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Cannabis Makes Exercise More Tolerable, Study Finds

By Leo Bear-McGuinness

Published: Jul 21, 2023   
A person with glasses smokes a cigarette.

Image credit: iStock

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Cannabis can boost a runner’s high, according to a new study.

Published in Cannabis and Cannabinoid Research, the study asked 49 participants to run while high and, on separate occasions, run sober.

The runners reported feeling more tranquil, joyful, and euphoric during their cannabis-runs.

The researchers say these positive feelings could help runners maintain their exercise regimes and could explain, in part, why cannabis consumers are more likely to meet minimum physical activity guidelines and have lower body mass indexes than non-consumers.

Jogging and joints

Cannabis consumers aren’t normally thought of as outgoing exercisers; even in 2023, the lazy stoner stereotype looms large.

But recent surveys have challenged this cliched image. One poll conducted by the University of Colorado, Boulder, in 2019 found that most cannabis consumers surveyed (81.7%) used the drug before or during exercise.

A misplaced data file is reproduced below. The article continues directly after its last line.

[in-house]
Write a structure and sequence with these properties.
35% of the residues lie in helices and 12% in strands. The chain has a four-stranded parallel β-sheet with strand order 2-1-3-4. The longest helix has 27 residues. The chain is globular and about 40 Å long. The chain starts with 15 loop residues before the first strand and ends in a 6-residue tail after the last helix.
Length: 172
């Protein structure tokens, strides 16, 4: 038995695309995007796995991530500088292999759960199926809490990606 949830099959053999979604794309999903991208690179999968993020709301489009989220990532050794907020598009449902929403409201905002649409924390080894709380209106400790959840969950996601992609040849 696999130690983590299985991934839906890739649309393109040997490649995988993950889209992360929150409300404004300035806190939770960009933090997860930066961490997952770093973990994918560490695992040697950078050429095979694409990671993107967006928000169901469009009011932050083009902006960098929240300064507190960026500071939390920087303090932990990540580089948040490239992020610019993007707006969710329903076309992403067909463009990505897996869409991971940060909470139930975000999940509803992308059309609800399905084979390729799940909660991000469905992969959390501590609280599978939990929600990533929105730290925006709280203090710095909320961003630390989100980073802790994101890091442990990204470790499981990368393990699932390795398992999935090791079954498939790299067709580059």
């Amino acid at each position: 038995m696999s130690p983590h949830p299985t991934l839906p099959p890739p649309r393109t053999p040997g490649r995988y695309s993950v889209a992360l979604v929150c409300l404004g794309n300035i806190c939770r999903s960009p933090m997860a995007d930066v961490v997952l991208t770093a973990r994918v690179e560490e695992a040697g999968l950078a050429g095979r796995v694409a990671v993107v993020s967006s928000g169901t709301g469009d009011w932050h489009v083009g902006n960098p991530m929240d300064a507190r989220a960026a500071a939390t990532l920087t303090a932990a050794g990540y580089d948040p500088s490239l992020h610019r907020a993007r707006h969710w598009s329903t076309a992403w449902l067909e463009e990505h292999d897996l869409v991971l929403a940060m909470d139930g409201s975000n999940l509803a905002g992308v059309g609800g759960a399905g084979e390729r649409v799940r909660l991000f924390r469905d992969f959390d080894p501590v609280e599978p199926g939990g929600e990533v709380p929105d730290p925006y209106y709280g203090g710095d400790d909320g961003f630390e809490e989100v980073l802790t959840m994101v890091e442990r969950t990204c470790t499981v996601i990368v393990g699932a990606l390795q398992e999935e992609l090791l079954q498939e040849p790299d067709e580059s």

To find out more about this kind of cannabis activity, some of the same researchers recruited 49 participants (32 men, 17 women) from the Boulder/Denver area who had comfortably used cannabis before.

The participants completed a pre-run survey to measure their attitudes towards running (noting their levels of “enjoyment”, “motivation”, “discomfort/pain”, and other feelings). They then consumed cannabis at their own leisure, went for a run, and filled out another survey. On another day, they did the same survey-run-survey routine without consuming cannabis.

After looking through the results, the researchers found that participants reported significantly fewer negative effects during their cannabis-runs compared to their sober-runs; the runners were more tranquil, experienced less pain, and felt a stronger runner’s high.

Cannabis didn’t seem to have an effect on the actual exercise, though; there were no significant differences between the two runs when it came to the distance the runners ran and their pace.

While the researchers recognize the limitations of their study – they didn’t measure the dose or THC:CBD ratio of the cannabis used, for instance – they maintain that their findings fill “an important gap” in the literature on cannabis and exercise. Nonetheless, they say further, more rigorous research (lab studies, etc.) will be needed to bolster their conclusions.

Cannabis, exercise, and Colorado

The present study is one of a number of cannabis-exercise studies being carried out by the team at the University of Boulder, Colorado (CU Boulder).

Announced in December 2021, their SPACE study (Study on Physical Activity and Cannabis Effects) aimed to enlist more than 50 paid adult volunteers for another cannabis-fitness study. This project planned to be more direct, and measure the heart rates of the participants as they ran on a treadmill. The results of this study are forthcoming, according to a source from CU Boulder. 


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